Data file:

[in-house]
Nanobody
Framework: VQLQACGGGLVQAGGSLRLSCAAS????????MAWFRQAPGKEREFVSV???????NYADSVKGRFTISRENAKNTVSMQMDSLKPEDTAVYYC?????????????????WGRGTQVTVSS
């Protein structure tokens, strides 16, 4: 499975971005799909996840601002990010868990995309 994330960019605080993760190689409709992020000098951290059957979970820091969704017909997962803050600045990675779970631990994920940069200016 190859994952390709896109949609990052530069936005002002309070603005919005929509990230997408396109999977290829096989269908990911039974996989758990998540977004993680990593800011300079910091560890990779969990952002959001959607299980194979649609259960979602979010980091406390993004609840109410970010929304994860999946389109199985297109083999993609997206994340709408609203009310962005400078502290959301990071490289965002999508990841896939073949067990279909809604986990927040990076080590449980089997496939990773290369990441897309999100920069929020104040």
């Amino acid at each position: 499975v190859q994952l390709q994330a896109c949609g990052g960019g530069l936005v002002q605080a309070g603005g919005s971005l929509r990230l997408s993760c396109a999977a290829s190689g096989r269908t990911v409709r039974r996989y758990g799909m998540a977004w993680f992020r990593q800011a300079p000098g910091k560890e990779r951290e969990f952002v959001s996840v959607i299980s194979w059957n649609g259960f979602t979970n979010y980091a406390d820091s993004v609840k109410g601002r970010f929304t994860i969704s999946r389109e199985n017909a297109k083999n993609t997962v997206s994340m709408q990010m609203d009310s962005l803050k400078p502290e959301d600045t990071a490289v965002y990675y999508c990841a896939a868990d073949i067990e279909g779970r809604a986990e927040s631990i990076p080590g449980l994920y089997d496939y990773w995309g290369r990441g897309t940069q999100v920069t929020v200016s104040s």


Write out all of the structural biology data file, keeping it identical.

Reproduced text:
[in-house]
Nanobody
Framework: VQLQACGGGLVQAGGSLRLSCAAS????????MAWFRQAPGKEREFVSV???????NYADSVKGRFTISRENAKNTVSMQMDSLKPEDTAVYYC?????????????????WGRGTQVTVSS
């Protein structure tokens, strides 16, 4: 499975971005799909996840601002990010868990995309 994330960019605080993760190689409709992020000098951290059957979970820091969704017909997962803050600045990675779970631990994920940069200016 190859994952390709896109949609990052530069936005002002309070603005919005929509990230997408396109999977290829096989269908990911039974996989758990998540977004993680990593800011300079910091560890990779969990952002959001959607299980194979649609259960979602979010980091406390993004609840109410970010929304994860999946389109199985297109083999993609997206994340709408609203009310962005400078502290959301990071490289965002999508990841896939073949067990279909809604986990927040990076080590449980089997496939990773290369990441897309999100920069929020104040």
């Amino acid at each position: 499975v190859q994952l390709q994330a896109c949609g990052g960019g530069l936005v002002q605080a309070g603005g919005s971005l929509r990230l997408s993760c396109a999977a290829s190689g096989r269908t990911v409709r039974r996989y758990g799909m998540a977004w993680f992020r990593q800011a300079p000098g910091k560890e990779r951290e969990f952002v959001s996840v959607i299980s194979w059957n649609g259960f979602t979970n979010y980091a406390d820091s993004v609840k109410g601002r970010f929304t994860i969704s999946r389109e199985n017909a297109k083999n993609t997962v997206s994340m709408q990010m609203d009310s962005l803050k400078p502290e959301d600045t990071a490289v965002y990675y999508c990841a896939a868990d073949i067990e279909g779970r809604a986990e927040s631990i990076p080590g449980l994920y089997d496939y990773w995309g290369r990441g897309t940069q999100v920069t929020v200016s104040s």